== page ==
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About that First Kansas Colored Volunteer Infantry



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By John LaRoe, 5 February 2021

1st Kansas Colored Volunteer Infantry Memorial, Butler, MO

First Kansas Colored Volunteer Infantry Memorial
Butler, MO
Funded and placed by The Amen Society

There is, in Butler, MO, a Civil War sculpture that belongs in the public square. It memorializes genuine heroes, commemorates their courageous acts in defense of the Union, and preserves real history in its plaque, which reads:

'First Kansas Colored Volunteer Infantry'

The 1st Kansas Colored Volunteer Infantry fought and won the Battle of Island Mound, also known as The Battle of Fort Toothman, on October 28 & 29, 1862 in Charlotte Township approx 7.5 miles southwest of Butler. It is said to have been the only battle fought on Bates County soil in which regular U.S. troops were involved. The First Kansas Colored Volunteer Infantry was the first black unit to fight in the Civil War. Reportedly, Southern rebels outnumbered the black troops five to one, attacked the fort and fierce hand-to-hand combat ensued. Of [them] it was written, 'They Fought Like Tigers.'

Volunteers were recruited into the 1st (& 2nd) Kansas Colored Infantry in 1862, making Kansas the first Northern state to recruit and train Black soldiers into a state's military service in the Civil War. But the units could not be mustered into federal service until the Emancipation Proclamation, which also authorized the recruitment of Black troops, was announced at the end of that year. (NPS)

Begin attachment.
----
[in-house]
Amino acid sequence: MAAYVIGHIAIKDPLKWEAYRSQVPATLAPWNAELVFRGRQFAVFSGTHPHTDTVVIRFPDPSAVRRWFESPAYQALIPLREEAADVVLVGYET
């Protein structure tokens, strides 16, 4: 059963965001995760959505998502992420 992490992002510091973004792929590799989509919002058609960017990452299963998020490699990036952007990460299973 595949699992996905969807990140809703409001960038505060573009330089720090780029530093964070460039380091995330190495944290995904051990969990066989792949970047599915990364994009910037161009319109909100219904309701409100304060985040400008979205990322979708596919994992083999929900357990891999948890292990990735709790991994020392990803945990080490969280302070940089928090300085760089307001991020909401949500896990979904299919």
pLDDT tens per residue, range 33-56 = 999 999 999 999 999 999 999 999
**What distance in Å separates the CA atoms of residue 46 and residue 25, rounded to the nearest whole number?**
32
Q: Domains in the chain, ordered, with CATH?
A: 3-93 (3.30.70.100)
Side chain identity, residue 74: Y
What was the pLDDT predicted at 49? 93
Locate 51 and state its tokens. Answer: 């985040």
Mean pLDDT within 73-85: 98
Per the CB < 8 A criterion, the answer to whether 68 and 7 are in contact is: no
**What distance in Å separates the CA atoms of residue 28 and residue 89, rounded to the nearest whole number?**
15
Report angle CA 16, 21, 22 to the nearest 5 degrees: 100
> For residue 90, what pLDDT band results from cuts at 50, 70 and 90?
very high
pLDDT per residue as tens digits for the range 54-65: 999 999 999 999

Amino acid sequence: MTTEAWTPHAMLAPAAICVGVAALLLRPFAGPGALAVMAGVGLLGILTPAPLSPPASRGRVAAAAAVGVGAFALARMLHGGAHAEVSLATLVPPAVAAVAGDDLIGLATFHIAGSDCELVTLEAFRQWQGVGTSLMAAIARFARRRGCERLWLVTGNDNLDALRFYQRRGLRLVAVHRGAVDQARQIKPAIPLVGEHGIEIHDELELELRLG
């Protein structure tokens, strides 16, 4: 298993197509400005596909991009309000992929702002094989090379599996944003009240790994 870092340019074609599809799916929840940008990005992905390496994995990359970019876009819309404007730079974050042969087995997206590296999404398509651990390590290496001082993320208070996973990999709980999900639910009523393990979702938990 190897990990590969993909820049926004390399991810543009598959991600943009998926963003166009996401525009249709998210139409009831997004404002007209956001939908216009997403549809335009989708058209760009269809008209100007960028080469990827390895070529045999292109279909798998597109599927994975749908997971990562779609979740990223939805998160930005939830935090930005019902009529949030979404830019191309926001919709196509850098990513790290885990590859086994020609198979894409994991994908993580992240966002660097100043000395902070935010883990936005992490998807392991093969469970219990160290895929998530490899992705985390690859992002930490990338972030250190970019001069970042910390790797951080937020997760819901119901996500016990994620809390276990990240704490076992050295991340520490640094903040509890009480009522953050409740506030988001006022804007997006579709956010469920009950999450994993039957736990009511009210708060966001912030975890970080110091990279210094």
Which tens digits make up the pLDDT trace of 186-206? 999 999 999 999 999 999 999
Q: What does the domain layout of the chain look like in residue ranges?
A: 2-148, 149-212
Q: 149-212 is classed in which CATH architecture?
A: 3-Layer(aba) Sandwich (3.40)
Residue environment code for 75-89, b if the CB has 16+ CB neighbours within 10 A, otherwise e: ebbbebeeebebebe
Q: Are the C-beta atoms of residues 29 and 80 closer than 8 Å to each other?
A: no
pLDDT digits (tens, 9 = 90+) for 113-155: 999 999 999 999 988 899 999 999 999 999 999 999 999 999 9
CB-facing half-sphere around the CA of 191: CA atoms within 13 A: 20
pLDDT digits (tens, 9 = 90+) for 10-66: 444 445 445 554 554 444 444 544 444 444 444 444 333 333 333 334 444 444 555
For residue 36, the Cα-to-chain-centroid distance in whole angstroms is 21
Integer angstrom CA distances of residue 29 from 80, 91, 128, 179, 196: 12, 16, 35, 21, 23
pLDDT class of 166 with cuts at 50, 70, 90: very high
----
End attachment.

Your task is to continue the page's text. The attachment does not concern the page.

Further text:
On hearing of the recruiting of Blacks to serve as soldiers, Confederate commanders issued a general order (21 August 21 1862) that "crimes and outrages" such as that merited "retaliation." Any captured Union officer captured in command of Black troops, it was ordered, would be "executed as a felon." Southern troops would take no Black prisoners. They would, at best, be returned to slavery, but more likely would be slaughtered if captured (Carle).

By that time, the 1st Kansas had already been sent into battle, at Island Mound (aka Fort Toothman).

Captain William D. Mathews, commanding Company D of 1st Kansas Colored Volunteer Infantry Regiment, spoke in celebration of the unit's incorporation as a federal unit on 1 January 1863:

Today is a day that I always thought would come ... Now is our time to strike. Our own exertions and our own muscle must make us men. If we fight we shall be respected. I see that a well-licked man respects the one who thrashes him. (NPS)

Battles in which the 1st Kansas Colored Volunteer Infantry fought:

  • Island Mound, near Butler, Missouri (28 October 1862)
  • Rader's Farm, near Sherwood Missouri (18 May 18, 1863)
  • Cabin Creek, Indian Territory (July 1-2, 1863)
  • Honey Springs, Indian Territory (July 17, 1863)
  • Poison Springs, Arkansas (April 18, 1864)
  • Flat Rock Creek, Indian Territory (September 16, 1864)
  • Timber Hills, Indian Territory (November 19, 1864) (NPS & Murphysburg.Org).

In one of the Confederacy's most notorious atrocities of the war, Southern soldiers killed 117 and wounded 65 members of the 1st at Poison Springs, slaughtering and mutilating many of them as they lay wounded; and "Remember Poison Springs!" became a battle cry of Black troops serving in Union ranks in the West through to the end of the war (NPS & Carle).

At Cabin Creek, in the Indian Territory, the 1st Kansas Colored became the first Black troops to fight alongside white troops in the Civil War (Carle).

Following the Battle at Honey Springs, Major General James G. Blunt described their performance in that battle like so: "I never saw such fighting as was done by that Negro regiment. ... they make better soldiers in every respect than any troops I have ever had under my command" (Carle).

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